Prompt: How did you cultivate a sense of wonder in your life this year? (Author: Jeffrey Davis)
my last post. Much of what I talked about in that post about the awkwardness and sense of being what we imagine children are like is perhaps more commonly called "wonder." Leaving your common realm of experience is wonder-full and I embrace it when it comes along; but, I don't consciously "cultivate" it.
The reasons that I don't cultivate it probably go back to the post about the things that prevent me from writing: my job. When the semester is in session, especially from the middle and growing in crescendo to the end, all I can do is focus on getting from one day to the next. Then, getting from one day to the next and finding time to sleep. The closest I can often come to "cultivating wonder" is through books. If I can steal a moment away to read, then I might come across a new idea, or a set of ideas might click into place to create a new shape, or I might read a passage or a story that is so surprising and unique that I find myself in that state of wonder. Alcohol sometimes helps.
Nonetheless, I don't pursue this for some really fucked up reasons going back to my fucked up, subconscious rulebook -- the one I'm trying to throw out. I remember reading as story about a Civil War general who would not allow himself to indulge in the things that he liked. His friend -- another general -- had given him a coat that he adored. He put it one, admired it, and then put it away, never to wear it again. He was afraid that he liked it over much. I got that. If you really like something, if you pursue it, then that could be the thing that you focus your entire life on to god-knows-what kind of disaster.
My dad was very much like that. My mother pursued her own gratification to the expense of everyone around her. Still, she was never satisfied, mostly because she was always looking for something instant, something that did not require introspection or serious questioning of the choices that she had made in life. She pursued gratification but remained miserable.
My dad, partly because of his own personality and partly in reaction to my mother (at some point in marriages, the two become inseparable, I think), would never let himself enjoy anything. He was intensely miserable. He hated his job, hated his wife, wasn't particularly happy with his kids; all the same as my mom. If he were to allow himself to enjoy something, to pursue anything that gave him joy outside of the limited scope of what he decided should make him happy (but wasn't), then he might abandon all reason and responsibility and everything would fall apart. Anything enjoyable was automatically suspect, and misery was a sign of responsibility and adulthood.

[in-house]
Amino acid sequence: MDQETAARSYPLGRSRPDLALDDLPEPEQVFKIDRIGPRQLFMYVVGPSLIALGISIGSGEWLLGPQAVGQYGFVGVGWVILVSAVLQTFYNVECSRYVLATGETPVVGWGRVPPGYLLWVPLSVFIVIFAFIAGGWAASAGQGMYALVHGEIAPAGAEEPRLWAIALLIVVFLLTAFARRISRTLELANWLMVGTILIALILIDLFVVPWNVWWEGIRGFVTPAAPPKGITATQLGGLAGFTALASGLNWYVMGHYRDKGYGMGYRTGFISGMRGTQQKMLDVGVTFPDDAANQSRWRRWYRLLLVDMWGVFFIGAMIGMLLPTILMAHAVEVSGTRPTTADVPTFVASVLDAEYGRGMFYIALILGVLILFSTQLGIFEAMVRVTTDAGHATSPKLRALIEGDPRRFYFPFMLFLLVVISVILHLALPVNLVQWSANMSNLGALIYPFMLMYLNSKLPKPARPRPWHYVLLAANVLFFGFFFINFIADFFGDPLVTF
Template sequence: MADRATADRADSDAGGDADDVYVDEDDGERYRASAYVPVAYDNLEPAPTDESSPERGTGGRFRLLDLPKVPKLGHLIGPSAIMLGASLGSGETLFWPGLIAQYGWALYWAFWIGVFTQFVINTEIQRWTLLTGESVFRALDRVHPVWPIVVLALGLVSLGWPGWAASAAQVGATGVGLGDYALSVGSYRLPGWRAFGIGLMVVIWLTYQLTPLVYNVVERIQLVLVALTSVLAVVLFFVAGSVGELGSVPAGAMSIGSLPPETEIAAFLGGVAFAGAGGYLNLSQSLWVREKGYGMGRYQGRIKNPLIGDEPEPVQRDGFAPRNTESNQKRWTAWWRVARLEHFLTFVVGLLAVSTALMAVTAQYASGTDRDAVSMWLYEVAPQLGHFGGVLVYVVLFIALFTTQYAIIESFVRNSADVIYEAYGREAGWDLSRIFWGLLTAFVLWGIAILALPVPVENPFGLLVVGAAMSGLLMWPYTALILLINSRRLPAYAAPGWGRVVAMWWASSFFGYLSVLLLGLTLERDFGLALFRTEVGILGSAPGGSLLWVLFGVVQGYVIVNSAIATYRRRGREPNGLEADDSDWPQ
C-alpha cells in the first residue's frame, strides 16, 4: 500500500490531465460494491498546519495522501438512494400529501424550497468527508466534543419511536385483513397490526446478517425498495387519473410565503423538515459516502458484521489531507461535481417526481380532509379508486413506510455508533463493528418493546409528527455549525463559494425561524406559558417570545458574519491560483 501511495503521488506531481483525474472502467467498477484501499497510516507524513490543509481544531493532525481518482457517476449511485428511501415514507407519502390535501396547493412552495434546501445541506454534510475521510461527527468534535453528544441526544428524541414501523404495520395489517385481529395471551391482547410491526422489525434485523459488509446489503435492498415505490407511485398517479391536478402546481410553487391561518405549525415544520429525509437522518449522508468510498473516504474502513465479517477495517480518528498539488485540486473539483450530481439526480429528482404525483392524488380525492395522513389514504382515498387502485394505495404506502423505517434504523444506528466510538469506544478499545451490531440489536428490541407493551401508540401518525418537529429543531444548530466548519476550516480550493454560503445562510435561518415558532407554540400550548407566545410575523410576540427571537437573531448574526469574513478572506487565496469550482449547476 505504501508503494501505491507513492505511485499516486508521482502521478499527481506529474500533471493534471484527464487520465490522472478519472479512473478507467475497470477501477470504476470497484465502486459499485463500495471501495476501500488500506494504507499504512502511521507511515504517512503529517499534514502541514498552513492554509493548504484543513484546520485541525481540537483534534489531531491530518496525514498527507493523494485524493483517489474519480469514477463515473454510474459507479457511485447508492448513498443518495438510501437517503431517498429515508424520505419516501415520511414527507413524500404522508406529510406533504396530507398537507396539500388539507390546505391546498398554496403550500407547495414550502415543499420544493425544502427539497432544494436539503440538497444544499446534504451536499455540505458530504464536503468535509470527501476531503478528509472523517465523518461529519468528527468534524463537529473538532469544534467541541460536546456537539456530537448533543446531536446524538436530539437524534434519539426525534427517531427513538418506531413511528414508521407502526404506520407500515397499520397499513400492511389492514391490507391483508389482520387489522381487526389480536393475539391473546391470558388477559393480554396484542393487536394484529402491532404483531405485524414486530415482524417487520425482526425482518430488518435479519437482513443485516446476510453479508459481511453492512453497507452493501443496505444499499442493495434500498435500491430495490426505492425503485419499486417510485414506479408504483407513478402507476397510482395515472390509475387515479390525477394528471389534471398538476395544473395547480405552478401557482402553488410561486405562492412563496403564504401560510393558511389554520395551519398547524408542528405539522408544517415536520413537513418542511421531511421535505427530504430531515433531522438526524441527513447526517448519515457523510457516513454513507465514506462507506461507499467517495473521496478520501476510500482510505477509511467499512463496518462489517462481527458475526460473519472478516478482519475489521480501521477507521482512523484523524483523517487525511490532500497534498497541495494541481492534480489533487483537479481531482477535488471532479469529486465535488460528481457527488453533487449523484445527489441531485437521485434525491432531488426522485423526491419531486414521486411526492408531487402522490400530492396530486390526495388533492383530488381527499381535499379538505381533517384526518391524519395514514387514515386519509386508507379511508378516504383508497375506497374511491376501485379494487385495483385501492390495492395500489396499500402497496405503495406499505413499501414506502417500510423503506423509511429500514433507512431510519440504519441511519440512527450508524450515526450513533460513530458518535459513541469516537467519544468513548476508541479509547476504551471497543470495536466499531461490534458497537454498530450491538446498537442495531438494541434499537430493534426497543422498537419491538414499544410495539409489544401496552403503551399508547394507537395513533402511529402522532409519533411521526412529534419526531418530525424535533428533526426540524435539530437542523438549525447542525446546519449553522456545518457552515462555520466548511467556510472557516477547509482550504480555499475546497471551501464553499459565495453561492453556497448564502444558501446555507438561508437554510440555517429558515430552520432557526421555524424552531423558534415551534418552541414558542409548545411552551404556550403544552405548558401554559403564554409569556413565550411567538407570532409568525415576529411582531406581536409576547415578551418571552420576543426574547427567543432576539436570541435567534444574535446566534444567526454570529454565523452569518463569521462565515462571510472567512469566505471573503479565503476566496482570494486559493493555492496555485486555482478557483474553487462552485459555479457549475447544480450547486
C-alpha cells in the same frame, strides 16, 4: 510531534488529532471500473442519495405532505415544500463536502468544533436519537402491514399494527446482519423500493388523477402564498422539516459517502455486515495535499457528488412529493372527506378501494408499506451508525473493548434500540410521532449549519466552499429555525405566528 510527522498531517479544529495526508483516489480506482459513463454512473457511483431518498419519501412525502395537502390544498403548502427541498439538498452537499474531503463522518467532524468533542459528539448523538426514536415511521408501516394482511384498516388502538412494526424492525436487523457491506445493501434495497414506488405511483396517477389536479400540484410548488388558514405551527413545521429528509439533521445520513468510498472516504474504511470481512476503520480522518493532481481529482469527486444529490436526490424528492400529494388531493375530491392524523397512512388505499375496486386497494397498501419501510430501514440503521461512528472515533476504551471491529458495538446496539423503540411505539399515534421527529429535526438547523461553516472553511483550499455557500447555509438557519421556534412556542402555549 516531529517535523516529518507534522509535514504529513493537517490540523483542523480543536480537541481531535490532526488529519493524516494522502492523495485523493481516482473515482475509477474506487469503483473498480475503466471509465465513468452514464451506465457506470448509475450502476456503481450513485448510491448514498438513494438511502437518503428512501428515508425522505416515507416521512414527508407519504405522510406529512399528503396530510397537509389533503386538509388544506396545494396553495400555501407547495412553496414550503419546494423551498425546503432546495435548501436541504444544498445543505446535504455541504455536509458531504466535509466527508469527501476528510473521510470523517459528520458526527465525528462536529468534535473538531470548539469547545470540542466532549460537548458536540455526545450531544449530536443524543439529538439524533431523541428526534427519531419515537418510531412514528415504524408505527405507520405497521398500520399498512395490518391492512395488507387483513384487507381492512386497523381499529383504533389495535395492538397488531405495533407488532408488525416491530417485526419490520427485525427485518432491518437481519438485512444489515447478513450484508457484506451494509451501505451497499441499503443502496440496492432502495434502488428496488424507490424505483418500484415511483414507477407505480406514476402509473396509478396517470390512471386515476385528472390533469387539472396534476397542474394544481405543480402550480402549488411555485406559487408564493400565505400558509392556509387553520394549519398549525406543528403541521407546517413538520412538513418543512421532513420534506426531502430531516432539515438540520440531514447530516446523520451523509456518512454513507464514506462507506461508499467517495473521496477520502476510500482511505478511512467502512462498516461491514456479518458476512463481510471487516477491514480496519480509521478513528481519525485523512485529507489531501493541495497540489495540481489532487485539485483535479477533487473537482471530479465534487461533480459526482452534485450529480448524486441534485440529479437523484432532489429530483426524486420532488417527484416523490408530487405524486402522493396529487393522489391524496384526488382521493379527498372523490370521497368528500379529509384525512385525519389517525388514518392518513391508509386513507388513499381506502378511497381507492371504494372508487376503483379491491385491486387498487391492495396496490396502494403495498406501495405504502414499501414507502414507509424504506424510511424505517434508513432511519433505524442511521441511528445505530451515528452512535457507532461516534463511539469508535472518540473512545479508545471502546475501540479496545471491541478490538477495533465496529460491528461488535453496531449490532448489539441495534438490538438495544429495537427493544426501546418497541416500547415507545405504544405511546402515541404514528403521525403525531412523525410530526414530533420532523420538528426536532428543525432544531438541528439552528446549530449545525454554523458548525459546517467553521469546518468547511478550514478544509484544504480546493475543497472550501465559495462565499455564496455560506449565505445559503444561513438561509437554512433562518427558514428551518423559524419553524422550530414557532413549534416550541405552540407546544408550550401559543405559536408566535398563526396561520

As a result, my dad developed a paranoia of "running away" that he imposed upon his children. He could never conceive of "running toward" something. Nor could he understand that "running toward" might simply be another step in your own development. Thus, anything that attracted you, that you liked and wanted more of, was automatically suspect because it provided an alternative, it drew you toward something new and, perhaps, away from your stasis and paralysis. That meant that misery meant you were doing something right and anything else meant that you were doing something wrong, at least in regard to being a responsible adult. We are all supposed to be responsible adults, too, right?
I understand that this meant that he did not go off on flights of fancy, drinking or spending the mortgage payment on toys, or chasing women. This belief kept him at home. Still, these shouldn't be the options: running around irresponsibly, or wallowing in misery to prove your responsibility. There is some middle ground in there. You can be a responsibly adult raising a family and still not seek out and encourage misery by avoiding the absence of misery or pursuing satisfaction. Right?
To bring this back to the prompt: in writing some of these posts, I realize that I adore -- ADORE -- what I have described in traveling, in encountering new ideas, in going outside of the normal range of experience of my daily life. You see it in my desire to fly planes, you see it in the acting classes I have taken, you see it in the travel that I do and the placed that I visit, you see it in the posts that don't involve extreme bitching and moaning. Going outside of the normal range of experience makes me feel alive, makes me feel wonder, contributes to my writing both academic and otherwise. I want to chase after it as much as possible.
Yet, there is the problem with having to make a living, and making a living isn't all adventure and enjoyment. There are the papers to grade and the meetings to attend. There is also the problem that I have internalized my fathers suspicion of being too attracted to constructive experience that does not involve misery. These two factors tend to paralyze me, keep me from seeking because I might be drawn away from the grading, blow off the meetings, and then I won't be a responsible adult and the world will end. Really!
I do, however, find myself open to the opportunity of wonder and life more than I have ever been and also as a part of my daily life. I just don't tend to pursue it or "cultivate it" as the prompt asks. Being open and as part of my daily life, my work, means that I do not have to encourage my father's suspicion of wonder and life, of the lack of misery. I can abandon that nonsense. Perhaps the next step will be to actively pursue it without the worry and guilt that I'm fulfilling my father's greatest fear (and, clearly, dearest wish) of running away. There can, after all, be a disciplined, focused pursuit -- "cultivation" -- that pulls you forward and up.